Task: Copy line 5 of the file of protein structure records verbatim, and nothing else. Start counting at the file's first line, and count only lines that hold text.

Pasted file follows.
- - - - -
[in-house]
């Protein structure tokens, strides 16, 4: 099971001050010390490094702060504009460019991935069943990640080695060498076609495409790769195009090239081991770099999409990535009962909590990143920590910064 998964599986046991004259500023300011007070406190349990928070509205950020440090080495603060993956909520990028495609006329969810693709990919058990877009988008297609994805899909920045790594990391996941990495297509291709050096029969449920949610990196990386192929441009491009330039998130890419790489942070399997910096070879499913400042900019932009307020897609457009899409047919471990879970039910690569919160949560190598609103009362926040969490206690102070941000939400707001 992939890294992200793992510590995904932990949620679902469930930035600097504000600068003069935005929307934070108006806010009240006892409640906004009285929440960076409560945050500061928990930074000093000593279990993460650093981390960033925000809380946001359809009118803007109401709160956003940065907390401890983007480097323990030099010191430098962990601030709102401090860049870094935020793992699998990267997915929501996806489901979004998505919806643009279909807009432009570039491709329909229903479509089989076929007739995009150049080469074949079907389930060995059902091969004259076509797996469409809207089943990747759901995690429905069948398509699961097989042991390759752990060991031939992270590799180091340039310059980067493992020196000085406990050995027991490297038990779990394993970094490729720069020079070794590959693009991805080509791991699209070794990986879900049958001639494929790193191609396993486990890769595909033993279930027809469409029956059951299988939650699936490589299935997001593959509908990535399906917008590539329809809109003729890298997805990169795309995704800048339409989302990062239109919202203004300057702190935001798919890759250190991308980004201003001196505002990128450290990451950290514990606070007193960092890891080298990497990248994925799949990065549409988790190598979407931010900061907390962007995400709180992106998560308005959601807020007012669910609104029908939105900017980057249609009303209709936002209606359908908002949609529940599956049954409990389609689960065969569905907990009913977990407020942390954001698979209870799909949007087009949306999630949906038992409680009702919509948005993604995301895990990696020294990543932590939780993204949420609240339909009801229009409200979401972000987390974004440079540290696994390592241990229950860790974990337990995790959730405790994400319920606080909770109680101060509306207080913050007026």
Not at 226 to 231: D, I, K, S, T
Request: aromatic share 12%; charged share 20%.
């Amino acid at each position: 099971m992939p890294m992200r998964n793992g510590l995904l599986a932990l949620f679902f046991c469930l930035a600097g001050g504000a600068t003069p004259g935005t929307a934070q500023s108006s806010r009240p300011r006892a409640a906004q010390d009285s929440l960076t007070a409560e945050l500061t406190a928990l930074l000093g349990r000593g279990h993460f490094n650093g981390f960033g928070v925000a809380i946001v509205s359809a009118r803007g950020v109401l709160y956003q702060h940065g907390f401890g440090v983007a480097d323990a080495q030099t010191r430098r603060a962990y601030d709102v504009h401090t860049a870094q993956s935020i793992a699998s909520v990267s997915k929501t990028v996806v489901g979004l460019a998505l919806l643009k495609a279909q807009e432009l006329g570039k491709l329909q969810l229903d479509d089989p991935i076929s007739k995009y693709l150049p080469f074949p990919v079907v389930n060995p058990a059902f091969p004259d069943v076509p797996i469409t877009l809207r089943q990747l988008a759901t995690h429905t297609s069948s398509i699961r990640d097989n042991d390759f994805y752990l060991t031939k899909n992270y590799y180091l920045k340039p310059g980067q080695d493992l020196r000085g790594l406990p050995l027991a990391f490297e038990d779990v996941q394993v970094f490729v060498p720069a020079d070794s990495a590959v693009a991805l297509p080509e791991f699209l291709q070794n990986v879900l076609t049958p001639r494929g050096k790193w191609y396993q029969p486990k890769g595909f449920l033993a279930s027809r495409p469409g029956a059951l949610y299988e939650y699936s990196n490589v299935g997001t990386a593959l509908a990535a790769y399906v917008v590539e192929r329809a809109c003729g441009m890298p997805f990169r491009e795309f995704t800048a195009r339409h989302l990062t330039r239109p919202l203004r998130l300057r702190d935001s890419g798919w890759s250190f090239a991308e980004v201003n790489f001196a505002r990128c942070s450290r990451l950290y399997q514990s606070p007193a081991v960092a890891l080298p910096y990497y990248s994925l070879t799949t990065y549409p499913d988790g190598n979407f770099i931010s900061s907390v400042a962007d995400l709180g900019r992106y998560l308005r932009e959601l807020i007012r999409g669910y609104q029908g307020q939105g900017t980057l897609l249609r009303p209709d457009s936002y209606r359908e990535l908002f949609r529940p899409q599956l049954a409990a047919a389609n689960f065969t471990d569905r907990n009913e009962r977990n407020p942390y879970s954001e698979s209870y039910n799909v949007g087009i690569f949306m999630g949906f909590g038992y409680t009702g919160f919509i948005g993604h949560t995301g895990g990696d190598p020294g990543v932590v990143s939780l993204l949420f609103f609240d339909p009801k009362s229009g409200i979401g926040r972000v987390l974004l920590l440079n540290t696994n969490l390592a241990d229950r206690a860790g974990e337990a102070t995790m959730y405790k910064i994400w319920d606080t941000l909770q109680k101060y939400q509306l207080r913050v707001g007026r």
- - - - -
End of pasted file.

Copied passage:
């Amino acid at each position: 099971m992939p890294m992200r998964n793992g510590l995904l599986a932990l949620f679902f046991c469930l930035a600097g001050g504000a600068t003069p004259g935005t929307a934070q500023s108006s806010r009240p300011r006892a409640a906004q010390d009285s929440l960076t007070a409560e945050l500061t406190a928990l930074l000093g349990r000593g279990h993460f490094n650093g981390f960033g928070v925000a809380i946001v509205s359809a009118r803007g950020v109401l709160y956003q702060h940065g907390f401890g440090v983007a480097d323990a080495q030099t010191r430098r603060a962990y601030d709102v504009h401090t860049a870094q993956s935020i793992a699998s909520v990267s997915k929501t990028v996806v489901g979004l460019a998505l919806l643009k495609a279909q807009e432009l006329g570039k491709l329909q969810l229903d479509d089989p991935i076929s007739k995009y693709l150049p080469f074949p990919v079907v389930n060995p058990a059902f091969p004259d069943v076509p797996i469409t877009l809207r089943q990747l988008a759901t995690h429905t297609s069948s398509i699961r990640d097989n042991d390759f994805y752990l060991t031939k899909n992270y590799y180091l920045k340039p310059g980067q080695d493992l020196r000085g790594l406990p050995l027991a990391f490297e038990d779990v996941q394993v970094f490729v060498p720069a020079d070794s990495a590959v693009a991805l297509p080509e791991f699209l291709q070794n990986v879900l076609t049958p001639r494929g050096k790193w191609y396993q029969p486990k890769g595909f449920l033993a279930s027809r495409p469409g029956a059951l949610y299988e939650y699936s990196n490589v299935g997001t990386a593959l509908a990535a790769y399906v917008v590539e192929r329809a809109c003729g441009m890298p997805f990169r491009e795309f995704t800048a195009r339409h989302l990062t330039r239109p919202l203004r998130l300057r702190d935001s890419g798919w890759s250190f090239a991308e980004v201003n790489f001196a505002r990128c942070s450290r990451l950290y399997q514990s606070p007193a081991v960092a890891l080298p910096y990497y990248s994925l070879t799949t990065y549409p499913d988790g190598n979407f770099i931010s900061s907390v400042a962007d995400l709180g900019r992106y998560l308005r932009e959601l807020i007012r999409g669910y609104q029908g307020q939105g900017t980057l897609l249609r009303p209709d457009s936002y209606r359908e990535l908002f949609r529940p899409q599956l049954a409990a047919a389609n689960f065969t471990d569905r907990n009913e009962r977990n407020p942390y879970s954001e698979s209870y039910n799909v949007g087009i690569f949306m999630g949906f909590g038992y409680t009702g919160f919509i948005g993604h949560t995301g895990g990696d190598p020294g990543v932590v990143s939780l993204l949420f609103f609240d339909p009801k009362s229009g409200i979401g926040r972000v987390l974004l920590l440079n540290t696994n969490l390592a241990d229950r206690a860790g974990e337990a102070t995790m959730y405790k910064i994400w319920d606080t941000l909770q109680k101060y939400q509306l207080r913050v707001g007026r």